Vernon Fiddler: Warrior on the Ice, Leader in the Community

Wednesday, 02.27.2013 / 1:29 PM
Greg Fernandez

On the ice, Dallas Stars center Vernon Fiddler is a key cog for the Stars’ line depth, providing energy, intensity and pesky defense every shift.

Off the ice, he’s one of the team’s most active players in the Dallas area, raising money for kids with cancer and welcoming the chance to brighten a child’s day.

Fiddler’s community contributions started in Nashville where he began his career as an undrafted free agent. During his time with the Predators, Fiddler established ‘Fiddler’s Tribe.’ He used the program to reach out to battered families and children who were dealing with the turmoil of cancer and invited them to games.

The inspiration? A person Fiddler still keeps close to his heart after she passed away from leukemia - his sister.

“I have a charity golf tournament in Edmonton also. We host 260 golfers each year and raise $50,000 to $100,000 for kids with cancer,” Fiddler said. “We started that and I decided it was a good time that we start something at the arena where we’re bringing kids from local communities and not just helping out from back where I grew up. Obviously whenever you get traded or signed in free agency you try to carry it over wherever you’re going to go.”

So when the opportunity arose this season where he could form something similar with the Stars, Fiddler and his wife, Chrissy, presented the Dallas Stars Foundation with a check for $30,000 and created ‘Fidd’s Kids.’

“These families don’t ask for what they’ve been given,” Fiddler said. “Any time you can help them out and make their day a little bit happier, that’s what we’re trying to do.”

The Fiddler’s $30,000 donation to the Dallas Stars Foundation guaranteed that up to 80 children and their families would be able to attend each Dallas Stars’ home game; a once and a lifetime opportunity for many of them according to Dallas Stars Foundation Coordinator Christa Melia.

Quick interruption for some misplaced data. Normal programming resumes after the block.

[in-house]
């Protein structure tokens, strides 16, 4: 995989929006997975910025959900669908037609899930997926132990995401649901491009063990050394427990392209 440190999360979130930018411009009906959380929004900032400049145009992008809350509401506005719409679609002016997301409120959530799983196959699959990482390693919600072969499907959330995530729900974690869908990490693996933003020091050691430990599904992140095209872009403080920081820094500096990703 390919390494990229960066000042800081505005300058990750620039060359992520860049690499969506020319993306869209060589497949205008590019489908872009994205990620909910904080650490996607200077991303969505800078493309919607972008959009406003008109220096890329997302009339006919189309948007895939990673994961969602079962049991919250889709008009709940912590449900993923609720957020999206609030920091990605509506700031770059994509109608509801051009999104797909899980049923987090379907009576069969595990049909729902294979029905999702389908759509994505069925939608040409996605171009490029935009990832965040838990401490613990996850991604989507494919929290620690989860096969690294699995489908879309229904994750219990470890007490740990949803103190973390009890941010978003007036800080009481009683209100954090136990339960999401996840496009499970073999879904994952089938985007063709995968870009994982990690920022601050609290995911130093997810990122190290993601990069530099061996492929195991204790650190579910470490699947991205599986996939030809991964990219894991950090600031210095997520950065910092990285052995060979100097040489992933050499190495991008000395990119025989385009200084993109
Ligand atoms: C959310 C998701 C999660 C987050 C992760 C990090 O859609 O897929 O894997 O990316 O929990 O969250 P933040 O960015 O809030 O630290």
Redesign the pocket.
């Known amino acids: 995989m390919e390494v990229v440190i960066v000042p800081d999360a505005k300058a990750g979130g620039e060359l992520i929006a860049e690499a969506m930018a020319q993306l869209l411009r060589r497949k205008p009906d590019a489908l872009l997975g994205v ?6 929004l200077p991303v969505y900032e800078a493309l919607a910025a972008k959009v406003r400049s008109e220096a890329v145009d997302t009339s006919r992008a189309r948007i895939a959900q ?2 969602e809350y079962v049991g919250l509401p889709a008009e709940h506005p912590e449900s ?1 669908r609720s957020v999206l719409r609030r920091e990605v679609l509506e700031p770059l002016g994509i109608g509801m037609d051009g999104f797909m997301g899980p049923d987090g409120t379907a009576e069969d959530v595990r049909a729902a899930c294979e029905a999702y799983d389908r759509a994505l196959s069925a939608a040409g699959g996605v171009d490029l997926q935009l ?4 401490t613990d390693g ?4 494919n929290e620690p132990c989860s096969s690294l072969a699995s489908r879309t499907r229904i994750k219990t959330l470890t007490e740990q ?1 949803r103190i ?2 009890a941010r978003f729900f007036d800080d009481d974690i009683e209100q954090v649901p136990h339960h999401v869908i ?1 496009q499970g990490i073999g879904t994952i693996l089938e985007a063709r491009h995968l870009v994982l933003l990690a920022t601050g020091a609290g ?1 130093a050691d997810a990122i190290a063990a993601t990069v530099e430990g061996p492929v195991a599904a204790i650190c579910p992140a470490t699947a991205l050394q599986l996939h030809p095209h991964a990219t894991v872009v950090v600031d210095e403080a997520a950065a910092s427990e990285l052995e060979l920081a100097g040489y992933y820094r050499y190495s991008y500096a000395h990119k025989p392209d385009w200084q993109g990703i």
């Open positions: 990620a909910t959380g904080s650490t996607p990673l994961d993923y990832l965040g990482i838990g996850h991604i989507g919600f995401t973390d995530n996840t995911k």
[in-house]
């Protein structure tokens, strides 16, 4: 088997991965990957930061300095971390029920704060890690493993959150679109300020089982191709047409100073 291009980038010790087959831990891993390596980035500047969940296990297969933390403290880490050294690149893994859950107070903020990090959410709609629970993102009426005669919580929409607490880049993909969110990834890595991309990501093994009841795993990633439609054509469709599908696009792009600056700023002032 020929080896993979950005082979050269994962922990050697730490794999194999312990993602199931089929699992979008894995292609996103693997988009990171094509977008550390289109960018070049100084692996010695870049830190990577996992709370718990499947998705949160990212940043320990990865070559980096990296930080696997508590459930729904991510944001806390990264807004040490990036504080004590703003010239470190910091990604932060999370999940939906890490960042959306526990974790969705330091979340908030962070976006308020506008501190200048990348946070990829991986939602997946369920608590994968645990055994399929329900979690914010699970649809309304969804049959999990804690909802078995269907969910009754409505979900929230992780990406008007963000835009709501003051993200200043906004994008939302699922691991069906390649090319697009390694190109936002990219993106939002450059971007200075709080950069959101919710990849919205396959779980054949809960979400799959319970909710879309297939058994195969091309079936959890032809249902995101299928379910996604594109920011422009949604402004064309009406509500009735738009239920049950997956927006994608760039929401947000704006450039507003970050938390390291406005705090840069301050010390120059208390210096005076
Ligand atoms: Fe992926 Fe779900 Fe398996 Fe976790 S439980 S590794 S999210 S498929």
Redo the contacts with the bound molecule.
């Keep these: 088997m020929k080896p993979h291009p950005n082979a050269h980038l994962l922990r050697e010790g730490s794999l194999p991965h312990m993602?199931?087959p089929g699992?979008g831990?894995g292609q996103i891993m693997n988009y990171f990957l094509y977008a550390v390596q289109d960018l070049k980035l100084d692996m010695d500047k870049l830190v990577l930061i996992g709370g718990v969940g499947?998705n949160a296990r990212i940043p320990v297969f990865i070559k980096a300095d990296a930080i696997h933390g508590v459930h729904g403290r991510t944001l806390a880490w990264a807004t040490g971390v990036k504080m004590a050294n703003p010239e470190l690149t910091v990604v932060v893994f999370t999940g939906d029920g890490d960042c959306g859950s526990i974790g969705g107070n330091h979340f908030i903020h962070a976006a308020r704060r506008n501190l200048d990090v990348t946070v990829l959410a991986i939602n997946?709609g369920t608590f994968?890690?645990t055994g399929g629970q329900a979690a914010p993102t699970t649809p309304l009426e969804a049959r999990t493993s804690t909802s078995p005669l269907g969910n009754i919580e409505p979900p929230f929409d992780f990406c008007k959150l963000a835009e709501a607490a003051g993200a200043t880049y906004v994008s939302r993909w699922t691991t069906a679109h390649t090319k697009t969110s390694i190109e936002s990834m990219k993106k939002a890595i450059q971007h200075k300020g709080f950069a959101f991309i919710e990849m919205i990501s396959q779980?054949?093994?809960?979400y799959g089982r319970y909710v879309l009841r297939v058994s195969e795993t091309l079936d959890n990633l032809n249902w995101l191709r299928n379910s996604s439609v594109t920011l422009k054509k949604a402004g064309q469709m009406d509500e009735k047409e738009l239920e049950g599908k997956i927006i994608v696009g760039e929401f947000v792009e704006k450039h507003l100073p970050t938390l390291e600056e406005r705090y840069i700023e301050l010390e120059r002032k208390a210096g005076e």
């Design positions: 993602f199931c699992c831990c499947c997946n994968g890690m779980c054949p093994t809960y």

Fiddler was also the team representative last season for Flashes of Hope, an organization that takes professional photos of children with cancer to remind them just how beautiful they are. Fiddler often took photos with the children to showcase their wonderful smiles. Through giving back, Fiddler and his wife hope that their strong morals and characteristics will be instilled in their kids.

“We’ve helped wrap and get gifts for the Ronald McDonald house and take families gifts that are going through a tough time,” Fiddler said. “Doing things like that, the kids are always helping out. We’re trying to teach them the little things, like helping other families when they’re in need. It’s important to give back because you never know what situation you’re going to be in.”

There are a lot of similarities between Fiddler the community volunteer and Fiddler the hockey player. Hardworking, determined and exceptional teammate are some of the characteristics that have been at the forefront of his success this season. He prides himself on playing on a line that nobody wants to play against, but credits the chemistry he’s established with wingers Eric Nystrom and Ryan Garbutt – who he says reminds him of himself when he first entered the league - as big reasons to their line’s success early on.

“We’ve got to play hard,” Fiddler said. “Obviously you’re not going to score every shift but we’ve got to bring something to the table, if it’s hitting or fighting or whatever we have to do. Playing with Nystrom, he’s a guy that’s committed - he’ll do anything to win. He’s not afraid to let other guys know. Garbutt is a little more naïve, he’s just coming into the league but he’s a guy that I actually want to play with because he plays the right way and he plays hard. He’s just one of those guys who puts his nose right in there gets dirty each and every night.”

As the season continues, ‘Fidd’s Kids’ will be present at each home game, giving kids and their families a chance to enjoy the game of hockey and cheer on the player who strives to help them any way he can.

“Anytime we can give back to help out the young children and families that maybe aren’t going through the best time in their life, bring some sunshine to their day, that’s what we’re looking to do,” Fiddler said. “It’s just something that me and my family, my wife and my children, it gives us a lot of enjoyment and we’ll continue it as long as I’m playing.”

Back to top ↑